iNOS expression and levels of nitric oxide in a hepatocarcinogenesis model of p47-NADPH knockout mice
© Freiler et al; licensee BioMed Central Ltd. 2007
Published: 14 November 2007
Nitrosamines occur in traces in food or may be generated endogenously. They are one chemical factor involved in hepatocarcinogenesis, a process mediated by genotoxic and cytotoxic events. Ethanol is a widely consumed hepatotoxic agent and has been shown to increase hepatocarcinogenesis in humans. Both compounds can activate Kupffer cells to produce cytotoxic reactive oxygen species (ROS) and growth promoting cytokines. Therefore, p47-NADPH oxidase knockout (phox-/-) mice were thought to be protected from hepatocarcinogenesis. We found that tumor formation in phox-/- took place, although to a lower extent than in wild type mice.
Objectives and methods
To examine whether reactive nitrogen species alternatively could be responsible for carcinogenesis in these livers. Experimental model: diethylnitrosamine (DEN) ; quantitative RT-PCR of iNOS mRNA; sum of nitric oxides by Griess reaction.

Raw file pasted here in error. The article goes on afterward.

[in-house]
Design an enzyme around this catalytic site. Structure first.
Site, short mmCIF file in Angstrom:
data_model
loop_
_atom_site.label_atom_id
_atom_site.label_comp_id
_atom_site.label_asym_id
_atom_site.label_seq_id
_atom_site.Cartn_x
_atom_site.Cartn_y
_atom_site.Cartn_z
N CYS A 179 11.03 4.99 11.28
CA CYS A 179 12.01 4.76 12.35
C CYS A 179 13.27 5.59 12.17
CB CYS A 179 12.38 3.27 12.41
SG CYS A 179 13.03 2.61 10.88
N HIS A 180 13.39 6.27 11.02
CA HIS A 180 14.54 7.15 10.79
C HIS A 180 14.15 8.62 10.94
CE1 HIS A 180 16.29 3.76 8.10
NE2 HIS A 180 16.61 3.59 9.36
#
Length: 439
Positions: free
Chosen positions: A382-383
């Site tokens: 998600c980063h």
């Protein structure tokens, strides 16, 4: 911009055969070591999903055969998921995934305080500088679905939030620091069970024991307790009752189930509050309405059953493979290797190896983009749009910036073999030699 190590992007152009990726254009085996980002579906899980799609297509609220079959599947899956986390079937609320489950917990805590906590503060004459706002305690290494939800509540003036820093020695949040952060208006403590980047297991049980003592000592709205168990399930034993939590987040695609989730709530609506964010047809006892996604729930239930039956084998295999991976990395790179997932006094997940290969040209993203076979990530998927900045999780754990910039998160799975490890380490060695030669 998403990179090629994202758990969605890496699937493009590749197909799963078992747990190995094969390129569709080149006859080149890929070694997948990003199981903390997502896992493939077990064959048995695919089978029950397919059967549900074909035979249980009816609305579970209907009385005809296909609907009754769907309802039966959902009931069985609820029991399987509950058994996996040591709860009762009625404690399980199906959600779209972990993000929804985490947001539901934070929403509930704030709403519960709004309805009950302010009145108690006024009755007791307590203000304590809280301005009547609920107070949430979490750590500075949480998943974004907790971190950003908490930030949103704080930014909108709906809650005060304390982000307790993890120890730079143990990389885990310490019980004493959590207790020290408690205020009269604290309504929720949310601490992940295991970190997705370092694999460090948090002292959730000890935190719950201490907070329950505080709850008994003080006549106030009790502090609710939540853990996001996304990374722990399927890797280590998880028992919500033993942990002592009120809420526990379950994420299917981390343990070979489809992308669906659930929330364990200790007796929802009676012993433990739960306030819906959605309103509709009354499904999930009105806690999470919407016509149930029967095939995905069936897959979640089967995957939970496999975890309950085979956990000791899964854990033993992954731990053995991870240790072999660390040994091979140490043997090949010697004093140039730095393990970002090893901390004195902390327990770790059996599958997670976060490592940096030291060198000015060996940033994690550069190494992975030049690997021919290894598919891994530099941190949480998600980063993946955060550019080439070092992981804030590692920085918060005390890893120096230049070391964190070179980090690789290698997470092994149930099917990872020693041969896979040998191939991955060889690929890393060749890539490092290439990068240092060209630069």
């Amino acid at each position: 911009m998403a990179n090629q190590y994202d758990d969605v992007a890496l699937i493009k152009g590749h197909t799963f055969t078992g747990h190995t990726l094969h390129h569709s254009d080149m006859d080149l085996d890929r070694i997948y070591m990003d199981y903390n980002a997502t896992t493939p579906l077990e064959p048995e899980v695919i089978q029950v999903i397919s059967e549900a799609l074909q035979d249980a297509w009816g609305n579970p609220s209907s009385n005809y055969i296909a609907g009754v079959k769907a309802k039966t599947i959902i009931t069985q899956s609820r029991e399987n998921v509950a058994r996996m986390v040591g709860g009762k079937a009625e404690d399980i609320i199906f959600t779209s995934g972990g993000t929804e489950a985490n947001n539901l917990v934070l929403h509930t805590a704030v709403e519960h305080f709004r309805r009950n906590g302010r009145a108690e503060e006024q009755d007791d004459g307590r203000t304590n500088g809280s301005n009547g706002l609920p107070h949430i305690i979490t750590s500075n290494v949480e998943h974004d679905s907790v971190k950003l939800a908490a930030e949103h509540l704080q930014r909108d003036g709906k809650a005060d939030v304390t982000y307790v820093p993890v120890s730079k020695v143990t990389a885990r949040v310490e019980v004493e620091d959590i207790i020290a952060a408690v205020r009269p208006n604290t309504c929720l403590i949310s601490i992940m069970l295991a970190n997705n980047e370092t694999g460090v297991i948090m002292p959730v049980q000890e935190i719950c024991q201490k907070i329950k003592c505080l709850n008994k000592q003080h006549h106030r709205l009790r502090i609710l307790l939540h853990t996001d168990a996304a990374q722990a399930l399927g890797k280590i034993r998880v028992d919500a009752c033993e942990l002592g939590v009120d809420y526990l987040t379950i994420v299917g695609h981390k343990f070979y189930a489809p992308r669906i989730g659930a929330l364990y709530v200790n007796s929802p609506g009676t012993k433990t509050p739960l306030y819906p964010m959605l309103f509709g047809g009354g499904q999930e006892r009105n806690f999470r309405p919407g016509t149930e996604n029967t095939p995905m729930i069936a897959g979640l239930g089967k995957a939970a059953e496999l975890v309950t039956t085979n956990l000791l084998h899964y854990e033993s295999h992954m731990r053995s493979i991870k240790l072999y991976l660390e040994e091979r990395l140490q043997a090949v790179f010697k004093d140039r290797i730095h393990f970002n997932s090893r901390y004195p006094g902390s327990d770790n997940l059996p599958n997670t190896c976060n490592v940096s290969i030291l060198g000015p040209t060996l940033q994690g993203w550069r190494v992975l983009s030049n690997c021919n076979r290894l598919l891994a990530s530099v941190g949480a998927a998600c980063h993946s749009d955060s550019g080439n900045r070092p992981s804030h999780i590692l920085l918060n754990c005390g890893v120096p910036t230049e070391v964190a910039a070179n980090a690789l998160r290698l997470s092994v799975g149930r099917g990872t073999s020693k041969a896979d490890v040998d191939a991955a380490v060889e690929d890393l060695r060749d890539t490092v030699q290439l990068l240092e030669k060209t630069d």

iNOS expression was increased in phox-/- as compared to wt mice. This is in agreement with a higher level of iNOS protein 24 hrs after DEN-treatment in phox-/- mice. However, total nitric oxide levels did not differ significantly between both strains. Correlation analysis of iNOS mRNA and NO levels on a per liver basis did not reveal significant associations.
We conclude that although iNOS appears to be induced in phox-/- mice the resulting nitric oxides may no longer be accessible for biochemical measurements at later times after treatment.
Grant support by Herzfelder'sche Familienstiftung is gratefully acknowledged.
- Freiler C, Brink A, Lutz WK, Kainzbauer E, Schulte-Hermann R, Parzefall W: Hepatocarcinogenesis by diethylnitrosamine (DEN) in NADPH knock-out mice and their wild-type counterparts. Pharmacology. 2006, 78: 155(T7)-Google Scholar
This article is published under license to BioMed Central Ltd.